California and federal officials signed off Sunday on a deal for $86.4 million to begin construction in the Valley on the state's high-speed train system.
The federal stimulus money is part of $300 million that was diverted to the central San Joaquin Valley in May after Florida rejected its share of high-speed rail funds.
The money will be combined with about $15 million in matching funds that the California High-Speed Rail Authority is putting up from Proposition 1A, a 2008 high-speed rail bond.
So far, the Federal Railroad Administration has pledged almost $3.5 billion to California's high-speed rail project. The addition of Prop. 1A money brings to about $6.3 billion the amount that the state has available to start construction in late 2012.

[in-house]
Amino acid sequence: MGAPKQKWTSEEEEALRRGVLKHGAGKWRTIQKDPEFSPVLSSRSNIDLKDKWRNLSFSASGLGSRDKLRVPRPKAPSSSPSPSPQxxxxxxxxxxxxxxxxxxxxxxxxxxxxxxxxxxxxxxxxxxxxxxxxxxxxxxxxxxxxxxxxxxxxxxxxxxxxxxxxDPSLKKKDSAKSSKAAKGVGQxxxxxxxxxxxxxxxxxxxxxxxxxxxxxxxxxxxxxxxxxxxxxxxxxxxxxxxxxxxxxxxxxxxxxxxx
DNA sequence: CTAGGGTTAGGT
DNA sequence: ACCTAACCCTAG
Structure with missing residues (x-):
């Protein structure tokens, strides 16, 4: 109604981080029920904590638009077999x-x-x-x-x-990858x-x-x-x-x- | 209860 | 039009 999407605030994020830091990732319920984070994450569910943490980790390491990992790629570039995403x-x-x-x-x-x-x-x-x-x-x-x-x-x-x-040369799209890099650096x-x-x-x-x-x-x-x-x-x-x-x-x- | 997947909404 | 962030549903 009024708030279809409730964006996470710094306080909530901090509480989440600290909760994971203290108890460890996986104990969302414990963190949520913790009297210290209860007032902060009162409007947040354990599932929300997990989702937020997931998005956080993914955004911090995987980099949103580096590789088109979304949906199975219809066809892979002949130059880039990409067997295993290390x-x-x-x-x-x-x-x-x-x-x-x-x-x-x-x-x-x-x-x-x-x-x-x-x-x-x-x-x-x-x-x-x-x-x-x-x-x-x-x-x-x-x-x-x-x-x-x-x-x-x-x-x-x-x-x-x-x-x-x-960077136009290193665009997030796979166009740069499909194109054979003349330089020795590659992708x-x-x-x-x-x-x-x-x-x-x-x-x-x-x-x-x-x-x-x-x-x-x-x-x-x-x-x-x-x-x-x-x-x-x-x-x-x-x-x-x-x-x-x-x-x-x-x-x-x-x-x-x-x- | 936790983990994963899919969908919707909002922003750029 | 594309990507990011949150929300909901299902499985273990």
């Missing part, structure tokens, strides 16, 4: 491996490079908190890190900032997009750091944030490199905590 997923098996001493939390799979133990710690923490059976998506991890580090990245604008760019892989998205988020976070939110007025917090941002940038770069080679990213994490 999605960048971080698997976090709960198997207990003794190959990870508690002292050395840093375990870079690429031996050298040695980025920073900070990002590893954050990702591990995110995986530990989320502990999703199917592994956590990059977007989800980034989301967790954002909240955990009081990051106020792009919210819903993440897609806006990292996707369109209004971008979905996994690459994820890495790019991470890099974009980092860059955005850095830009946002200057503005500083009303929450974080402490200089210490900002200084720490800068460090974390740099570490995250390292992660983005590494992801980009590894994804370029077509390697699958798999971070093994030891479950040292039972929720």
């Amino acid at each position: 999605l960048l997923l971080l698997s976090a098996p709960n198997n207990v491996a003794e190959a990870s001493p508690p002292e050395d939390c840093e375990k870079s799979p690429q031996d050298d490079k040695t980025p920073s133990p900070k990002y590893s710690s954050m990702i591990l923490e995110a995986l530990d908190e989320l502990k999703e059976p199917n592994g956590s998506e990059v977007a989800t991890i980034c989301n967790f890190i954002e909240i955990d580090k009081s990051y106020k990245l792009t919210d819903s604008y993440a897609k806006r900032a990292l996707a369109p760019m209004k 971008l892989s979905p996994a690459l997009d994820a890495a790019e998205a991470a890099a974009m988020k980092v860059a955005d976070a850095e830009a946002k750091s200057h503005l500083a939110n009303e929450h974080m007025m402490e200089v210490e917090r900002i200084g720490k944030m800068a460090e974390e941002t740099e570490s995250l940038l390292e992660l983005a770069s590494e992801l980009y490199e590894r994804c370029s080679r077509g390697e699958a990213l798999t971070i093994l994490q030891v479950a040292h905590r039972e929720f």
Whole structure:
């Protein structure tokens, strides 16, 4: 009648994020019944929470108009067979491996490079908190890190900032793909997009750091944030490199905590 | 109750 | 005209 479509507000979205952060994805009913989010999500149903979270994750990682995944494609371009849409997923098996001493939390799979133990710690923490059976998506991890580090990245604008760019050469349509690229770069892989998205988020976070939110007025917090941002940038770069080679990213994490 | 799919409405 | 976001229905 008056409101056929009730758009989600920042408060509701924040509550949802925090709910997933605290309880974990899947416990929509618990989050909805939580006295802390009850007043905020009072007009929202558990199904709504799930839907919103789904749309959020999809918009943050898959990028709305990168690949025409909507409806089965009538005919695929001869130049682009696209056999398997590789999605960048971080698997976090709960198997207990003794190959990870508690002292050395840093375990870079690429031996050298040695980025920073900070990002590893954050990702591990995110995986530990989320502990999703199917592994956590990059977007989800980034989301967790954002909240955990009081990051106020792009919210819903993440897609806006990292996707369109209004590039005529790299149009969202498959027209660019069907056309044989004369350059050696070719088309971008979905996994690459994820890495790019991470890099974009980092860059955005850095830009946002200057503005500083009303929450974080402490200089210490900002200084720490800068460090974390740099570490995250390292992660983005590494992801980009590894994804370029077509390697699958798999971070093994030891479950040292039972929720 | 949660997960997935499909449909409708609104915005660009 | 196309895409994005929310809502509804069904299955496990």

The federal money comes with strings that require it to be spent on planning and construction in the central San Joaquin Valley -- a stretch from Merced to Bakersfield that officials say will be the testing ground for trains capable of traveling at up to 220 mph.
The high-speed rail authority will release draft environmental reports this week for its Merced-to-Fresno and Fresno-to-Bakersfield sections.